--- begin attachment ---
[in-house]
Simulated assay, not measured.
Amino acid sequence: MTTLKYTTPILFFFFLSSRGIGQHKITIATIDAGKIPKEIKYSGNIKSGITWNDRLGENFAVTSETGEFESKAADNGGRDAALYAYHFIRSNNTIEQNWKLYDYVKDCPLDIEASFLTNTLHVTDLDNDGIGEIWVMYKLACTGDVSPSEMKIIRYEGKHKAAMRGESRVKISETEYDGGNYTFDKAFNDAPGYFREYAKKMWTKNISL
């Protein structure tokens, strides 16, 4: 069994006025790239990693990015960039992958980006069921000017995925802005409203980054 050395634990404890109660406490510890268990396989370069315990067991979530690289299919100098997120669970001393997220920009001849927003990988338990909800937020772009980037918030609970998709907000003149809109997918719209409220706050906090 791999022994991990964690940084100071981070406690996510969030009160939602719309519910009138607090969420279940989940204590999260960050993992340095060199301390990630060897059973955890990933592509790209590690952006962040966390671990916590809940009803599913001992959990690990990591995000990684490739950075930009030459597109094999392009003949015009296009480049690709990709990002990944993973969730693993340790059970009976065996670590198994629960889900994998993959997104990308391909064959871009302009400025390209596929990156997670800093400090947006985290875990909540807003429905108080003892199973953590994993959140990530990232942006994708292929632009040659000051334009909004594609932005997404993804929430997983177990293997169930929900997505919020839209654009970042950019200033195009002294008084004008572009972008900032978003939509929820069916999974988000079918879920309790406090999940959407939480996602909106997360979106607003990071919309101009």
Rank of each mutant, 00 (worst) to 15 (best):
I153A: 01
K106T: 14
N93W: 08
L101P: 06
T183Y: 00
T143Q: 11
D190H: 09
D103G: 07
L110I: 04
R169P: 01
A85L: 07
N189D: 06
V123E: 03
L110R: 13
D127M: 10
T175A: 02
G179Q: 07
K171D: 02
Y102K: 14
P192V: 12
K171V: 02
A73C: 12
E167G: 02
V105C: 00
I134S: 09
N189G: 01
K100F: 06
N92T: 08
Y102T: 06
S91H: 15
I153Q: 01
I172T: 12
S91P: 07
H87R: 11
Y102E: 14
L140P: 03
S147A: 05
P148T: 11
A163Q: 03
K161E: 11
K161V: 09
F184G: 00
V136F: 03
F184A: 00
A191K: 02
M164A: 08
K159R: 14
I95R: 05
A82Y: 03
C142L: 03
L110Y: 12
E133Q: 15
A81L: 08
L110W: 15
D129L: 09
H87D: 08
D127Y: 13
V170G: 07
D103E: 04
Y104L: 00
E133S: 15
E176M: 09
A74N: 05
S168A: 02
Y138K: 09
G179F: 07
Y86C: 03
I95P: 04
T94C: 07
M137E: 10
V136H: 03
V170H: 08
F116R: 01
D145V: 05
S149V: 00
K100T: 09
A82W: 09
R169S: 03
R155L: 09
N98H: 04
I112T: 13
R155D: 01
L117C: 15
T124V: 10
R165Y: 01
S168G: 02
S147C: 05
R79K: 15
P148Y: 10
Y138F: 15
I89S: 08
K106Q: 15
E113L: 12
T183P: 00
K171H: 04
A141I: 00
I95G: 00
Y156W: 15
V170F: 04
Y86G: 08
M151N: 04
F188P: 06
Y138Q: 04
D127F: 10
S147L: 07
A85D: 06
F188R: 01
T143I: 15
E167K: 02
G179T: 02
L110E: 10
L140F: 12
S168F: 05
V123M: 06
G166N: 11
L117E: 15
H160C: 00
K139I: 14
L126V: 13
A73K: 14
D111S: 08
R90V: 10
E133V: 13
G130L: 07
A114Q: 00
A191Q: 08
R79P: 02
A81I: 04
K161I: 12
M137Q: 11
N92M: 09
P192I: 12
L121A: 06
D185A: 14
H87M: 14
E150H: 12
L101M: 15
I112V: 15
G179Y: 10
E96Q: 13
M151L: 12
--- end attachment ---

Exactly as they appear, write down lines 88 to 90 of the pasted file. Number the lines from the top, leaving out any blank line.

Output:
L117C: 15
T124V: 10
R165Y: 01